Lord Palmerston, who was Secretary of State for Foreign Affairs, led an aggressive foreign policy that he did not agree with. He agreed with what Cobden said about the Crimean War, which started in 1854 and worked to stop it.

The people of Britain were very behind in their government’s war efforts. Bright lost his seat in the General Election of 1857, but he won it back in a by-election. He always felt the same way about the war.

The Indian Mutiny started in 1857. He thought that bad British rule caused the Mutiny, and he was in favor of letting the Indians choose their own government.
In 1858, he gave a speech in which he said that only 1/6 of adult men in Britain had the right to vote. He also wanted to make voting secret and change the way districts were drawn.

In line with his Quaker beliefs, he was against slavery and praised Abraham Lincoln. But because of his religion, he couldn’t ask his government to send troops to help the Unionists.

In 1868, Prime Minister Gladstone made him President of the Board of Trade. As President, he oversaw the passing of many measures that were important to him, such as changes to education and the start of the secret ballot.

He did not agree with Gladstone about giving Ireland its own government. Bright said that he was not ready to give power to Irish nationalists who had shown disrespect for the government of parliament.

Works of note

In 1846, John Bright’s fight against the unfair Corn law paid off when PM Robert Peel’s government passed a law that cut the tax on oats, barley, and wheat to just one shilling per quarter.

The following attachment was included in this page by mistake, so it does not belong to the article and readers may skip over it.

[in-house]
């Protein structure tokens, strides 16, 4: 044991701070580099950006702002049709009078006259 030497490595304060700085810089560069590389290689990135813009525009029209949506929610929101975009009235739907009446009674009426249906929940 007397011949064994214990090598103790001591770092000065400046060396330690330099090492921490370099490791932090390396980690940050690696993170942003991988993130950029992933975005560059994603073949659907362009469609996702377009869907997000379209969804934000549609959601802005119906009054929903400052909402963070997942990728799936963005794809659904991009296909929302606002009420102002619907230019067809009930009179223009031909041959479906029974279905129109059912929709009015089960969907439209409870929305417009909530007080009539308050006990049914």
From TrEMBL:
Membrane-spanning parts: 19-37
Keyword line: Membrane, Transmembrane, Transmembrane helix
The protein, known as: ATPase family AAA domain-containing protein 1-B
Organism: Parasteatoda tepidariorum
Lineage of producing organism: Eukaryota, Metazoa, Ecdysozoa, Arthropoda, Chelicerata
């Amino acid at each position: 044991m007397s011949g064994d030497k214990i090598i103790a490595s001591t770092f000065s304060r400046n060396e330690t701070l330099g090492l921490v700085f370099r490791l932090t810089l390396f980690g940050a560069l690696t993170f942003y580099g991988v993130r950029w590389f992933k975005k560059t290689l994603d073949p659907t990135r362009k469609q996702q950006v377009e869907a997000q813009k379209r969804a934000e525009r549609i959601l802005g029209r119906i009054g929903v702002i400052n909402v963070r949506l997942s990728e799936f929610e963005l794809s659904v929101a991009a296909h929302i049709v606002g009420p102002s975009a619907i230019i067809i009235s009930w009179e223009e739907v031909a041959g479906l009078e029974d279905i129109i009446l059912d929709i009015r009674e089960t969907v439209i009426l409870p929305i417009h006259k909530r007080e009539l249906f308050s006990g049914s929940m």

He was the first person in parliament to bring up the idea of free trade with France, and he backed Cobden’s work in that direction. In 1860, the Anglo-French Free Trade Treaty, also called the Code-Chevalier Treaty, was signed.

The 1867 Reform Act was a win for him because it gave every adult male householder in a constituency the right to vote. It also changed the boundaries of smaller constituencies to take into account the number of people who lived there.

John Bright’s Awards

In 1886, John Bright got an honorary Doctor of Civil Law from Oxford. It is the University’s second-highest degree after the Doctor of Divinity, and heads of state usually get it.

Personal History and Legacies

In 1839, John Bright married Elizabeth Priestman from Newcastle, and they had a daughter named Helen. He married Margaret Elizabeth Leatham after Elizabeth died and had seven more children with her.

He died on March 27, 1889, in his home, One Ash. He had lung congestion, which was made worse by his diabetes and chronic nephritis. He was buried in Rochdale. At Westminster Abbey, a funeral service was held.

Estimated Net worth

John is one of the wealthiest politicians and is on the list of the most popular ones. Wikipedia, Forbes, and Business Insider all say that John Bright has a net worth of about $10 million.


This British Quaker politician said, “I am for peace, retrenchment, and reform, which was the slogan of the great Liberal Party thirty years ago.”

This British politician is known for his passionate speeches. It is said that he came up with the phrases “flog a dead horse” and “mother of parliaments.”